Hyperglycemia is a risk factor for high-grade envenomations after European viper bites (Vipera spp.) in children.Clin Toxicol (Phila). 2016; 54(1):34-9.CT
Hyperglycemia has been described in severe scorpion envenomation, we wanted to analyze if it was applicable to viper bites in children.
To describe clinical, biological, and therapeutic characteristics of 83 children bitten by European viper (Vipera spp.) and to confirm that hyperglycemia is a risk factor for high-grade envenomation.
MATERIAL AND METHODS
A retrospective study was conducted between 2001 and 2014 in the pediatric emergency department of a tertiary level children's hospital. Collected data were: age and sex of children; day and time of admission; day, time and circumstances of the accident; snake identification; bite location; envenomation severity; presence of fang marks; prehospital care; laboratory abnormalities, use of specific immunotherapy, associated treatments; length of stay; hospital course.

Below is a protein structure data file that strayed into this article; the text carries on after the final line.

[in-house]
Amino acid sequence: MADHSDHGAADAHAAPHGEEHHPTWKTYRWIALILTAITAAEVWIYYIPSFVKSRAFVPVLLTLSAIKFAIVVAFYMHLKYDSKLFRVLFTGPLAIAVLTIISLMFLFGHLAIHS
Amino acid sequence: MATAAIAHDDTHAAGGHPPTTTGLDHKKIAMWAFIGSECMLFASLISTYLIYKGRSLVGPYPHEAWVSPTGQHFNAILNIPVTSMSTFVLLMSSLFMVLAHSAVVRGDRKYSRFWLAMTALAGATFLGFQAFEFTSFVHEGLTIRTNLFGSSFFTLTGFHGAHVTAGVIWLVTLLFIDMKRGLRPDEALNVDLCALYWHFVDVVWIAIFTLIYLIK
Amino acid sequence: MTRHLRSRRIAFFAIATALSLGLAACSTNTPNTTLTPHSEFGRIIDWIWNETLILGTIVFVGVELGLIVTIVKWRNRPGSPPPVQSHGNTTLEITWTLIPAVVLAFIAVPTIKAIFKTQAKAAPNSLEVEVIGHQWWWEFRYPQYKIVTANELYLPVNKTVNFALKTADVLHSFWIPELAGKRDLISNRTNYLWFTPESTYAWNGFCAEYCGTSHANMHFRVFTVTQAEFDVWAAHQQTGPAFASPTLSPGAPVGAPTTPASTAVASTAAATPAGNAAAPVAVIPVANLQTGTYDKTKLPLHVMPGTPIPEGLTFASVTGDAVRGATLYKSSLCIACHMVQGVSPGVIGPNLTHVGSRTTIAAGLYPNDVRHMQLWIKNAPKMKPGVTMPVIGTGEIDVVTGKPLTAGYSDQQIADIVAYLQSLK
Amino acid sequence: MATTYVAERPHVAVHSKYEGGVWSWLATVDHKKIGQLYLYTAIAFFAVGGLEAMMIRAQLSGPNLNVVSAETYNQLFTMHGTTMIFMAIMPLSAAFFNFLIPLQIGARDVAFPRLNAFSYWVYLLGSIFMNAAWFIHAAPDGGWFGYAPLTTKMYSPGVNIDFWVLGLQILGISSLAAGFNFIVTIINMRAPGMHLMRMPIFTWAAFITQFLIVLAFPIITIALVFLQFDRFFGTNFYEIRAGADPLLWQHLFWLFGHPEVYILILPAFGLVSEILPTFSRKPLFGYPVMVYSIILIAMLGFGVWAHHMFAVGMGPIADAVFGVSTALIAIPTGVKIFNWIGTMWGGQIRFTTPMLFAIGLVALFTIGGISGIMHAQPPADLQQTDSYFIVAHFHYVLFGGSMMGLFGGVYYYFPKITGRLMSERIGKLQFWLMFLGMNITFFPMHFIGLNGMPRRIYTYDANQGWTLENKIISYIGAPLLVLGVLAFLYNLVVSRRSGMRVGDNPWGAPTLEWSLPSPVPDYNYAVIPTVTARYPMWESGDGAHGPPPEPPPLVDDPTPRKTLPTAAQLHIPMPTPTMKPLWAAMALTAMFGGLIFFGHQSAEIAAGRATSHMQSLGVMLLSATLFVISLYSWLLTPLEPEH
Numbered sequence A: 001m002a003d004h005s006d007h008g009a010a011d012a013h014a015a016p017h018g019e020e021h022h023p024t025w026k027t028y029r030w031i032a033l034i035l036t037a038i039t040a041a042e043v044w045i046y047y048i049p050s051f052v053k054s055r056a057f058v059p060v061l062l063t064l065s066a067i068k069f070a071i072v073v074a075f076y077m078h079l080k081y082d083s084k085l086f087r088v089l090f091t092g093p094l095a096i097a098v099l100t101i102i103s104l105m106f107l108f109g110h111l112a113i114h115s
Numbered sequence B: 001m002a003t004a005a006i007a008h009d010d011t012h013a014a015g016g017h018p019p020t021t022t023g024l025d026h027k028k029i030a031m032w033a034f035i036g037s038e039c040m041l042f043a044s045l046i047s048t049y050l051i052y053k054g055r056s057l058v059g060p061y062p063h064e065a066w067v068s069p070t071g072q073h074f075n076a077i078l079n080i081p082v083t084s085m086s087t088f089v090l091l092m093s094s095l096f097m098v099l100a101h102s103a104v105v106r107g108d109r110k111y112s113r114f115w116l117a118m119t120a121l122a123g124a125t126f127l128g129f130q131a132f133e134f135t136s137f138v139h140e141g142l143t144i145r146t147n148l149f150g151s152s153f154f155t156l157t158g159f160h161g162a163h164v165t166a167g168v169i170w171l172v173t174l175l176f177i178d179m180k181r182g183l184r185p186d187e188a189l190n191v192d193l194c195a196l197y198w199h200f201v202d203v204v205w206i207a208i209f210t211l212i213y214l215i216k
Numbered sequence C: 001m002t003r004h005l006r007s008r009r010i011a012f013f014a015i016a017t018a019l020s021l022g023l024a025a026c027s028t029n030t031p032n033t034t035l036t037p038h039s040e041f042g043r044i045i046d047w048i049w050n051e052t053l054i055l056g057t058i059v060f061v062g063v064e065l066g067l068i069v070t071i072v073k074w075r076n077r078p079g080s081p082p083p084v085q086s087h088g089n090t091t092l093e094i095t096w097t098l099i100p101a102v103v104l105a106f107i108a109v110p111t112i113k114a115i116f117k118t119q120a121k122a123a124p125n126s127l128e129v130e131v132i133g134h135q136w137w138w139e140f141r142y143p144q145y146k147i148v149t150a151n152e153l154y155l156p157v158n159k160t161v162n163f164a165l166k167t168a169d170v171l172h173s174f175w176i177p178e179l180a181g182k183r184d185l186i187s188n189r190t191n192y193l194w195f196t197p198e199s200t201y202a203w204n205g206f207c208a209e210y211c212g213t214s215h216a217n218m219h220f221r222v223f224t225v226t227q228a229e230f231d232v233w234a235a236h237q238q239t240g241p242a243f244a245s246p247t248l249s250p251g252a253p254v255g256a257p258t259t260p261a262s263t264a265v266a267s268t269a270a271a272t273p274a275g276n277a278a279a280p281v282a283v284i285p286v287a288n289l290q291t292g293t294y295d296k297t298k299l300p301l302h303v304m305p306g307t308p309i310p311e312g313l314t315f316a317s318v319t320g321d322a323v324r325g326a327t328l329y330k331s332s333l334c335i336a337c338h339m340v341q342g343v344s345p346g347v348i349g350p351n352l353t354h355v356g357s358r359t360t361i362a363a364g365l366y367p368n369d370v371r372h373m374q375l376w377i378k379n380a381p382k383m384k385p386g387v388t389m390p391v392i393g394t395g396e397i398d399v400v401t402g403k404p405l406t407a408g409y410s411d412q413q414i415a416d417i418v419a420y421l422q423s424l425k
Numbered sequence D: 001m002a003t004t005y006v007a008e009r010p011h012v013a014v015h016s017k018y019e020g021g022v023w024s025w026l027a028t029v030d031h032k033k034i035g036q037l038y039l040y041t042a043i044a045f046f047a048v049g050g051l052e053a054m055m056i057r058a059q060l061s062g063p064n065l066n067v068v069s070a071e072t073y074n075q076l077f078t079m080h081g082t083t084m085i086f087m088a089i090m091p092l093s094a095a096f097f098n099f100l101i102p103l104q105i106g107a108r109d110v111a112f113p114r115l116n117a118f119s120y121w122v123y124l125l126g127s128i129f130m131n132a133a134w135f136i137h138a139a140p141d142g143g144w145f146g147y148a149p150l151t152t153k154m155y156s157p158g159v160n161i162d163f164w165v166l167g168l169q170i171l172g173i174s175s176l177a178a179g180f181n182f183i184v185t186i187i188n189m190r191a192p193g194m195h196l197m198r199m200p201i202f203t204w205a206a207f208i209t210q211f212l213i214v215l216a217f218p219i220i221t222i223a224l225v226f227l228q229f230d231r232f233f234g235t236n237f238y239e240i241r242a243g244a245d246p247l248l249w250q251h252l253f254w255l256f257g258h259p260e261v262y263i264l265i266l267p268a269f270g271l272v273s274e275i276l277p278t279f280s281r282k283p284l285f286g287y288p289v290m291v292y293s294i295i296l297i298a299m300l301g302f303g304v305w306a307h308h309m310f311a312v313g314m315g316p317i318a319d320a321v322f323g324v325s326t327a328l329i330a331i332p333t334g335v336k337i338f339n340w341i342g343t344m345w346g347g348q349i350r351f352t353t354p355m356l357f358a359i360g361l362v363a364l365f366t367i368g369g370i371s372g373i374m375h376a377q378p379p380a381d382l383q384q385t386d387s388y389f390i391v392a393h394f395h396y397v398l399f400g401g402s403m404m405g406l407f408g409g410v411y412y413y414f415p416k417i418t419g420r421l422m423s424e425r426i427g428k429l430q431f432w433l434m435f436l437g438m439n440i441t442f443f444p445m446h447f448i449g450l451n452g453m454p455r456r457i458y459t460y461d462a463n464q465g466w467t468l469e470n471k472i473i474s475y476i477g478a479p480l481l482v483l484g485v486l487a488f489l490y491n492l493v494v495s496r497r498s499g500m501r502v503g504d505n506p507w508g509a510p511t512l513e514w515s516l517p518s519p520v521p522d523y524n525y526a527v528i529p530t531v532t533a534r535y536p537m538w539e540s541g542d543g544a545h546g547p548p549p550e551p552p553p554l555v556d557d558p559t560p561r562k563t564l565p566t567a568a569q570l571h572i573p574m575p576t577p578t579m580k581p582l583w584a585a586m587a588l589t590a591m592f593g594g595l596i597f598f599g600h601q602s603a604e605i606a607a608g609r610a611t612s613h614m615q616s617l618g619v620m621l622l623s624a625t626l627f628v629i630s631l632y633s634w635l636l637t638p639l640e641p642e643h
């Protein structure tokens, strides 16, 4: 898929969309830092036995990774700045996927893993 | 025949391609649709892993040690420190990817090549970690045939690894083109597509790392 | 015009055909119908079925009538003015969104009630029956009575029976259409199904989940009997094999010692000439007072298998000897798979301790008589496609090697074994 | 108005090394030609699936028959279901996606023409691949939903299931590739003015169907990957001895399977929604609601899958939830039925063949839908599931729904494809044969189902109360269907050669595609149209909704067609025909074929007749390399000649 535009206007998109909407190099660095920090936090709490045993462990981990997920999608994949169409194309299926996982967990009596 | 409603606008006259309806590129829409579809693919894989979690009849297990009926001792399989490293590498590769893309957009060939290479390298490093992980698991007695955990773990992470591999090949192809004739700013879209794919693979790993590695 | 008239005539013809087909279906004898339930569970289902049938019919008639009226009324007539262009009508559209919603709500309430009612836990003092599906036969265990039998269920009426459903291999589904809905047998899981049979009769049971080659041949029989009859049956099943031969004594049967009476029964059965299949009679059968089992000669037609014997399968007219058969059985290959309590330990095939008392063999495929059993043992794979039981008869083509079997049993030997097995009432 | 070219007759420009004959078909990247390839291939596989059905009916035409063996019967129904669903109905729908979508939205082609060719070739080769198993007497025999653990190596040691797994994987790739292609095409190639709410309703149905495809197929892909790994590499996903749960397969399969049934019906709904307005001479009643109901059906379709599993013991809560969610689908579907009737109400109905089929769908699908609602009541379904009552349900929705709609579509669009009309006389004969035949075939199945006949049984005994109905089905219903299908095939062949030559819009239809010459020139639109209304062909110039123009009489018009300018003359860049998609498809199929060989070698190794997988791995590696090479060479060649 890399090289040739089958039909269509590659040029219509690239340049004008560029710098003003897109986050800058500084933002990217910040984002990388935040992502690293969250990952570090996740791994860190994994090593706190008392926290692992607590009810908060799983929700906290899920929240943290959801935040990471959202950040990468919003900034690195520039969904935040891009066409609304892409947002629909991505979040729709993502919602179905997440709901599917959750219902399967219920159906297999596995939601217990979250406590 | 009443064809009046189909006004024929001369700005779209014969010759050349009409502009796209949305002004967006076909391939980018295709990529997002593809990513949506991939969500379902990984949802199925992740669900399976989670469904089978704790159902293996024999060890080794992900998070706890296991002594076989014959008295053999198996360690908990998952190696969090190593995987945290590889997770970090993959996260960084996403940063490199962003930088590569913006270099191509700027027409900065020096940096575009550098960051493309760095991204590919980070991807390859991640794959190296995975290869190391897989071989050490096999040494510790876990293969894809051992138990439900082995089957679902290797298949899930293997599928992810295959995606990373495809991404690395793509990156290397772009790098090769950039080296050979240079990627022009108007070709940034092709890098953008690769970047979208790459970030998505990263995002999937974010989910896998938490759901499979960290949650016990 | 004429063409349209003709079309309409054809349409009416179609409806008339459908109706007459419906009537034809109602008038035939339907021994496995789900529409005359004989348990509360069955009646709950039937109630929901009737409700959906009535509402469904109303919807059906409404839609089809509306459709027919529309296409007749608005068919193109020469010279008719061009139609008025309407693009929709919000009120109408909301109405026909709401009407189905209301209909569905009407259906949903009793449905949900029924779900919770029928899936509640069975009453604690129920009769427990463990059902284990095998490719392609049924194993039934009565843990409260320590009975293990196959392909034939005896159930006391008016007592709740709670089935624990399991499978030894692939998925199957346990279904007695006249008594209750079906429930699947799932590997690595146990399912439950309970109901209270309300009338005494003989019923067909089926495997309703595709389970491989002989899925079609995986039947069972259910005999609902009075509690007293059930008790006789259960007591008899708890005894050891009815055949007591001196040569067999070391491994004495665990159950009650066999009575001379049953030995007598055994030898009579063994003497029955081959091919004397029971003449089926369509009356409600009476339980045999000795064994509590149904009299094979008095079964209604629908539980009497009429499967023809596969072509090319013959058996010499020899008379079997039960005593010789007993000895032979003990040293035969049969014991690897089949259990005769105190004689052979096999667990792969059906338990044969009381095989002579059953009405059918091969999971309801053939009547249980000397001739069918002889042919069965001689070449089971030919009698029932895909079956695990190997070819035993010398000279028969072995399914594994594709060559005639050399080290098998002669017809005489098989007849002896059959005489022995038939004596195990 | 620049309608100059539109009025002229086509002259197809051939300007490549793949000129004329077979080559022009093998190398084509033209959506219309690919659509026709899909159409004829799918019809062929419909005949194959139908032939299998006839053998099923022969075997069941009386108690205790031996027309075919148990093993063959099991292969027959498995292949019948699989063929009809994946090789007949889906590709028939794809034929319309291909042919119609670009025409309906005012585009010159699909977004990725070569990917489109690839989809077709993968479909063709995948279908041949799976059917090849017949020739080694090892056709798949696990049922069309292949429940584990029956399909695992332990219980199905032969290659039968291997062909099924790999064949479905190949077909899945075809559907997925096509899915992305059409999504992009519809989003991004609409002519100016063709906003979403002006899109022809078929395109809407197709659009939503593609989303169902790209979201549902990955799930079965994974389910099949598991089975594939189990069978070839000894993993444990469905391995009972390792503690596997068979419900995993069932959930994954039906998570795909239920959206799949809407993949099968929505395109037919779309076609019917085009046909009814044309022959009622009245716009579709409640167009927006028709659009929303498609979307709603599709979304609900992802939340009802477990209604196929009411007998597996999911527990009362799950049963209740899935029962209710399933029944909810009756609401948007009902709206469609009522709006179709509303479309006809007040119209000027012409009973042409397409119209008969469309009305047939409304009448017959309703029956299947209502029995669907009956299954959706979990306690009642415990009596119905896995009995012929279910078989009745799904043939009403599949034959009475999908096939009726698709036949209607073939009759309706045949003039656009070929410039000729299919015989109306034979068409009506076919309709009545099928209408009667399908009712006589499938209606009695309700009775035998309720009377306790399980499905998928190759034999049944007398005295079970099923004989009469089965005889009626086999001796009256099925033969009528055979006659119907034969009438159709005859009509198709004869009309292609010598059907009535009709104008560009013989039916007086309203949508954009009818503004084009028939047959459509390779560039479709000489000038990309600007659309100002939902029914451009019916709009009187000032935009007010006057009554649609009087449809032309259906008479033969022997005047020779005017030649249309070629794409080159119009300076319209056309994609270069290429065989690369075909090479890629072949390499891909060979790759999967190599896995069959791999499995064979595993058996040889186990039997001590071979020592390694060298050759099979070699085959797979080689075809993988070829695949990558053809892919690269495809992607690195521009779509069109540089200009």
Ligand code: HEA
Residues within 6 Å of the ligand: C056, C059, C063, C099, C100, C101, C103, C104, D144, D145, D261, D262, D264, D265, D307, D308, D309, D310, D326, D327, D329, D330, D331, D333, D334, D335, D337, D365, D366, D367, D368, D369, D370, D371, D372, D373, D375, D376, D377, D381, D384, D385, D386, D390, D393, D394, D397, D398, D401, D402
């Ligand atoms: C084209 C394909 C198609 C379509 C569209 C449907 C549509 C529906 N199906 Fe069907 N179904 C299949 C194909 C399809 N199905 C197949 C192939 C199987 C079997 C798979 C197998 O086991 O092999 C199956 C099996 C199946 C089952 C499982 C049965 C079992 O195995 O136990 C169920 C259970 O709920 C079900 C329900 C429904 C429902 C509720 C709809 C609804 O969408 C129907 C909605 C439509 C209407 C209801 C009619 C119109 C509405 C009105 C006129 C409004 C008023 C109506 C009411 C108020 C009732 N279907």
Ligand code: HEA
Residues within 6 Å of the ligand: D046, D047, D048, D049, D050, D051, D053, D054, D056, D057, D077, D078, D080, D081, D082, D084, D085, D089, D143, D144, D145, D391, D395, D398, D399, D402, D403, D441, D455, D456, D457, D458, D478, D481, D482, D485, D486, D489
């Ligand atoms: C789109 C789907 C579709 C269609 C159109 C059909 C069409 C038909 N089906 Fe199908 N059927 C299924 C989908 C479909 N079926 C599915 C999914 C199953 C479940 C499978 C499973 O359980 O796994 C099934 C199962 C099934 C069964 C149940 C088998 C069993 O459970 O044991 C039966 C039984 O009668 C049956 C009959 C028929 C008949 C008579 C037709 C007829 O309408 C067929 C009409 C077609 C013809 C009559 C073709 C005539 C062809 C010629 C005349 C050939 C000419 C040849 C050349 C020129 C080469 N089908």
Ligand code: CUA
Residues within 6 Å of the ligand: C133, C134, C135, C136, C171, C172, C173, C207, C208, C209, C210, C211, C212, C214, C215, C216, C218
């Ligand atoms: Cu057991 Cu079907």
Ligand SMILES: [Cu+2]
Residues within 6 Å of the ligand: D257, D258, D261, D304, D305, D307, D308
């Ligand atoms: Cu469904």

Eighty-three children were included (62 boys, 21 girls). The mean age was 7.4 ± 3.9 years. Bites were most often located on the lower extremities (66%). The classification of envenomation was: 83% low grade (absent or minor envenomation) and 17% high grade (moderate to severe envenomation). All high-grade envenomations received specific immunotherapy (Viperfav(TM), (Aventis Pasteur, MSD, Lyon, France). Being bitten on an upper extremity (odds ratio [OR] 51.1 95% class interval [CI] [6.1-424], p < 0.0001), during the afternoon (OR 13.4 95% CI [1.7-107.9], p = 0.015), feeling violent pain (OR 4.2 95% CI [1.1-16.5], p = 0.023), and high initial plasma glucose level (6.5 ± 1.7 mmol/L versus 5.0 ± 0.9 mmol/L, p = 0.027) were associated with a significant risk of high-grade envenomation.
We have confirmed a potential link between initial hyperglycemia and the risk of progression to high-grade envenomation as well as its association with other published predictive factors.